Odisha Sun Times Bureau
Bhubaneswar, Sept 24:
In a move that smacks of vendetta, vindictiveness and mala fide, the Odisha government registered a vigilance case against former DGP Prakash Mishra , in a thinly-disguised effort to spoil his chances of occupying a top post at the Centre, informed sources in the state Home department today.
The director Vigilance KB Singh has confirmed the registration of the cases while talking to media persons today.
Sources said the case relates to the 2006-09 period when Mishra was the CMD of the State Police Housing Corporation and had made advance payments, amounting to Rs 59 crore to steel and cement manufacturers, as is the standard procedure.
The Vigilance inquiry has made out a case against him on the ground that the reconciliation of the the amount paid to the companies and the materials supplied by them against the payment, has not been made. In simple terms, it is an accounting exercise which should have been handled by his successors, who were appointed as the CMD Police Housing Corporation.
The process involves checking the stock registers maintained by officials in charge of the sites where construction work were undertaken.
The financial adviser of the Corporation has also been implicated in the case.
It is not clear, why Mishra’s successors failed to check the records during their tenure. Secondly, it is also not clear if the inquiry is only limited to the 2006-09 period when Mishra was the CMD of the housing corporation or includes the entire period of 2000-2014,
What makes the move appear suspect and mala fide is the fact that three years after Mishra was shifted from the post and went on Central deputation, he was invited by the state government to join as the DGP, Odisha, a post which he held for two full years. The question that begs an answer is, why the state government never followed up on the issue of ‘non-reconciliation of accounts’ over the last five years?
According to the source, the state government turned vindictive against Mishra after the last general elections, during which he, unlike some of his junior colleagues, chose not to align himself with the ruling Biju Janata Dal. The BJD government also took offence to his reported meetings with some senior BJP leaders in Delhi.
The BJD bosses were reportedly informed by their hardcore loyalists in the state police that Mishra was a serious contender for the post of CBI director and could spell trouble for them. That explains, why the state government withdrew its own letter of recommendation favouring a Central posting for him, sent to the Union Home ministry in December 2013.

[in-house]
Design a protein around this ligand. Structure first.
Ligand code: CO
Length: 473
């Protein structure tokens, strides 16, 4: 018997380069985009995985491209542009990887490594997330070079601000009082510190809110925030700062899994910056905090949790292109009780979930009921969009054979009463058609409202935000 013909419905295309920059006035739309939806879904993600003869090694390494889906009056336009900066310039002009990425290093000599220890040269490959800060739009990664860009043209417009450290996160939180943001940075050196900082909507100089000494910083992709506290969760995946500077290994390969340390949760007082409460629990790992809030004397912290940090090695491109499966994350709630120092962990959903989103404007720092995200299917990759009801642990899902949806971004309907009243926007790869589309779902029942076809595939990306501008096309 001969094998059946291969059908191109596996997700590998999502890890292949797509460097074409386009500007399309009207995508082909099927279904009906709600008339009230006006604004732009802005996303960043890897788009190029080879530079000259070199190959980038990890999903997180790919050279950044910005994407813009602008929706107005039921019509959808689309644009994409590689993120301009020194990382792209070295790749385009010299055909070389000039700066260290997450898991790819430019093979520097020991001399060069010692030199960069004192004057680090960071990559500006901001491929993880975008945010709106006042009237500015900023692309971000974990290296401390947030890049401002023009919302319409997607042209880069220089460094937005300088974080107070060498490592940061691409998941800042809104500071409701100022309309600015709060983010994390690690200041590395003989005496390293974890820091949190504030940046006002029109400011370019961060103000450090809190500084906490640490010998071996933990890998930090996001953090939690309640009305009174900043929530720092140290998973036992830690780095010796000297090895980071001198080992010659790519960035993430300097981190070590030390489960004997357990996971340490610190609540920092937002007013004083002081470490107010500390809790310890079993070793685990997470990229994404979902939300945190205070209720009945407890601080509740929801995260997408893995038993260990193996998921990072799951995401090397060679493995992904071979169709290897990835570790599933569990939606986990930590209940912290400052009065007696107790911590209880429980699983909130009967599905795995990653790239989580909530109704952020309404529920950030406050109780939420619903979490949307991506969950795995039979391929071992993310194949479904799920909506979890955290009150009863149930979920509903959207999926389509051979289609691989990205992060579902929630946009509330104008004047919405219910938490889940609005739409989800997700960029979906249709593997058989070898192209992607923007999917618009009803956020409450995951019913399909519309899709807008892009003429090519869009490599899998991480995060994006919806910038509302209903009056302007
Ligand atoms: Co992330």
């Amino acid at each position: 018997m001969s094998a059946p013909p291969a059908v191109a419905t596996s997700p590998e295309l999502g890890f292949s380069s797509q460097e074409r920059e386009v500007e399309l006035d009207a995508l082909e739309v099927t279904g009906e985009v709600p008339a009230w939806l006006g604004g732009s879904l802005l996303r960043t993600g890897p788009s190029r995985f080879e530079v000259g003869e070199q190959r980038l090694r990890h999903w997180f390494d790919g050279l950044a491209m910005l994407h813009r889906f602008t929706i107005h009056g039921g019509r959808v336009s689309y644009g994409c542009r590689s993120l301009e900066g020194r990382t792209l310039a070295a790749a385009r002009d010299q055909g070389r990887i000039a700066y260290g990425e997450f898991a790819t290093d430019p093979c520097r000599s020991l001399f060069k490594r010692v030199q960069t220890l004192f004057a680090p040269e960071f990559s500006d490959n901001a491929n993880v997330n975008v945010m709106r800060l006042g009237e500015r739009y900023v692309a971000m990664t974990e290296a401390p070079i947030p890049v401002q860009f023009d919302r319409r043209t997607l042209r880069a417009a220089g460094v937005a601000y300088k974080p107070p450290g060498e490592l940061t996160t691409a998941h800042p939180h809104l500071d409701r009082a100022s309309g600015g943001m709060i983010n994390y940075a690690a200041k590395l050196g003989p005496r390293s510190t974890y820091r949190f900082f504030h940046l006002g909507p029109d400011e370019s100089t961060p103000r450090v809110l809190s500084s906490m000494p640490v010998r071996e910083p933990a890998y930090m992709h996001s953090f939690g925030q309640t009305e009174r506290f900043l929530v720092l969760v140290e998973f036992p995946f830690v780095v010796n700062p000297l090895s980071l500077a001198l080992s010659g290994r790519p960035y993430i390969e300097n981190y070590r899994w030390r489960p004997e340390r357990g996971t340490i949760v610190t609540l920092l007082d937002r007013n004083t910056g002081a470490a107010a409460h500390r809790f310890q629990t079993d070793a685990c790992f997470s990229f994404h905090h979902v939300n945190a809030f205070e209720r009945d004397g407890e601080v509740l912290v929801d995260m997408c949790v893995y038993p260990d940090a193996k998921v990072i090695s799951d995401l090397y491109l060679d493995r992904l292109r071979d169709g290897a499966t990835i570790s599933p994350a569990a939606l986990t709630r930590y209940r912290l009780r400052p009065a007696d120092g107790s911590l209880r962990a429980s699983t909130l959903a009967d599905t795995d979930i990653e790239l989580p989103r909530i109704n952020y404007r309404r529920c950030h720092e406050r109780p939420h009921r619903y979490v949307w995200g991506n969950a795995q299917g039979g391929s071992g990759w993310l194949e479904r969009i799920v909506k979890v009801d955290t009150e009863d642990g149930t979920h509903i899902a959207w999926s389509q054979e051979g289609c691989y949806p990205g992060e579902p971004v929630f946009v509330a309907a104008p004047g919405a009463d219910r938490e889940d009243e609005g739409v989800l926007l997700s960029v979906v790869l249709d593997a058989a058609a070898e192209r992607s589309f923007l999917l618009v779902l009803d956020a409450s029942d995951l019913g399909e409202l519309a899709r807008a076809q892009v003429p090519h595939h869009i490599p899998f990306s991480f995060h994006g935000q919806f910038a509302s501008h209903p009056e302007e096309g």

Interestingly, when the state government withdrew its earlier recommendation for Mishra’s Central deputation on
May 28, 2014, the principal secretary, Home, had said, ” I am directed to say that in view of the severe shortage of IPS officers of DG level, it is not possible to spare the services of Sri Prakash Mishra for Central Deputation.”
While the letter cited ‘the severe shortage of DG level IPS officers in the state’ as the reason for cancelling his Central deputation, he was soon shunted out from the post of DGP to a non-police post of CMD, Odisha State Road Transport Corporation (OSRTC). The Home department’s letter also never made any reference to the vigilance inquiry that was presumably pending against him.
Clearly, the vigilance inquiry was an afterthought.
The vigilance inquiry against Mishra was initiated after removing him from the post of DGP in July 2014, two years after he held the position. This was done with the the obvious design to ensure he does not get a central posting. In fact, the source said, much before the inquiry began, the Union Home ministry was intimated about it. However, the Ministry was able to see through the game and put its foot down by insisting on his appointment as the Special Secretary, Internal Security at the Centre.
“After realising that all its moves to stall Mishra’s central deputation had failed, the big bosses in the Naveen Patnaik government are now after his blood because of an unfounded fear that if at all he becomes the CBI chief, he would re-open and pursue a number of graft cases against politicians and officers known to be part of his coterie,” a retired IPS officer told OST.
When contacted, the 1977-batch IPS officer, who is in Delhi, refused to comment saying he has no information about any vigilance case against him since he has not been questioned by anyone or intimated about any inquiry pending against him.